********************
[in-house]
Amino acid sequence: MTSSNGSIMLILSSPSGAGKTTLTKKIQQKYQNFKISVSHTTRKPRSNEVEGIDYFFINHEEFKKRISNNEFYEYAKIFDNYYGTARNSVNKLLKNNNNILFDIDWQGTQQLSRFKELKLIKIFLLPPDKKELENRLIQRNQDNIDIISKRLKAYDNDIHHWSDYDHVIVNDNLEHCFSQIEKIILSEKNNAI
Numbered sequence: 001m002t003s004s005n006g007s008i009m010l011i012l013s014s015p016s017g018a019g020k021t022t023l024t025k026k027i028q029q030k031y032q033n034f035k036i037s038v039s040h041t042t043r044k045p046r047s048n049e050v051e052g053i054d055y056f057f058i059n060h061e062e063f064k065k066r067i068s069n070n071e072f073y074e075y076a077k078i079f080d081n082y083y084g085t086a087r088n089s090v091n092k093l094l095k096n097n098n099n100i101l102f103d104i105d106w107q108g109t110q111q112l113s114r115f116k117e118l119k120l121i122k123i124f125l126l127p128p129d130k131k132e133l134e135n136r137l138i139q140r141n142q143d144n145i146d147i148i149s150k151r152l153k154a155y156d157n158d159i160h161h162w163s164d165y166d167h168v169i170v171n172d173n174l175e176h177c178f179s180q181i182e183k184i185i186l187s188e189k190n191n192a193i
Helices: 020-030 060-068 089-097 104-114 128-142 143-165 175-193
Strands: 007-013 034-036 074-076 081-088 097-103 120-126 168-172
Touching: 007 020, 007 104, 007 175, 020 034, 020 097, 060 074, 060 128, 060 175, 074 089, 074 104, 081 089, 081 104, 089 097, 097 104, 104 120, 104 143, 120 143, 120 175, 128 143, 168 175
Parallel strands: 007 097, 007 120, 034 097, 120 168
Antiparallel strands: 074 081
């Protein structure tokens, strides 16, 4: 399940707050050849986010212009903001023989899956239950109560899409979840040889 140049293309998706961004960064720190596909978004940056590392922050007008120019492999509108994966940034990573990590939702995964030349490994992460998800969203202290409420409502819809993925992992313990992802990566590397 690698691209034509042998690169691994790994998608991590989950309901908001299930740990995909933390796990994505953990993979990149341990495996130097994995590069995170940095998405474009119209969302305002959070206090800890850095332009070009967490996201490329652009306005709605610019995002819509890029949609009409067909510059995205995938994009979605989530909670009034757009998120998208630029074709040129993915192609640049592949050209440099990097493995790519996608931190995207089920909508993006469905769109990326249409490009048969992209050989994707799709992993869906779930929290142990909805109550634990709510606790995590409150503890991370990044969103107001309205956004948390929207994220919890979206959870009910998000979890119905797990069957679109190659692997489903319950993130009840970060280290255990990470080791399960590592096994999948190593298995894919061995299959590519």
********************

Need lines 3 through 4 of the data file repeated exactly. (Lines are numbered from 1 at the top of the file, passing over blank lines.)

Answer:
Numbered sequence: 001m002t003s004s005n006g007s008i009m010l011i012l013s014s015p016s017g018a019g020k021t022t023l024t025k026k027i028q029q030k031y032q033n034f035k036i037s038v039s040h041t042t043r044k045p046r047s048n049e050v051e052g053i054d055y056f057f058i059n060h061e062e063f064k065k066r067i068s069n070n071e072f073y074e075y076a077k078i079f080d081n082y083y084g085t086a087r088n089s090v091n092k093l094l095k096n097n098n099n100i101l102f103d104i105d106w107q108g109t110q111q112l113s114r115f116k117e118l119k120l121i122k123i124f125l126l127p128p129d130k131k132e133l134e135n136r137l138i139q140r141n142q143d144n145i146d147i148i149s150k151r152l153k154a155y156d157n158d159i160h161h162w163s164d165y166d167h168v169i170v171n172d173n174l175e176h177c178f179s180q181i182e183k184i185i186l187s188e189k190n191n192a193i
Helices: 020-030 060-068 089-097 104-114 128-142 143-165 175-193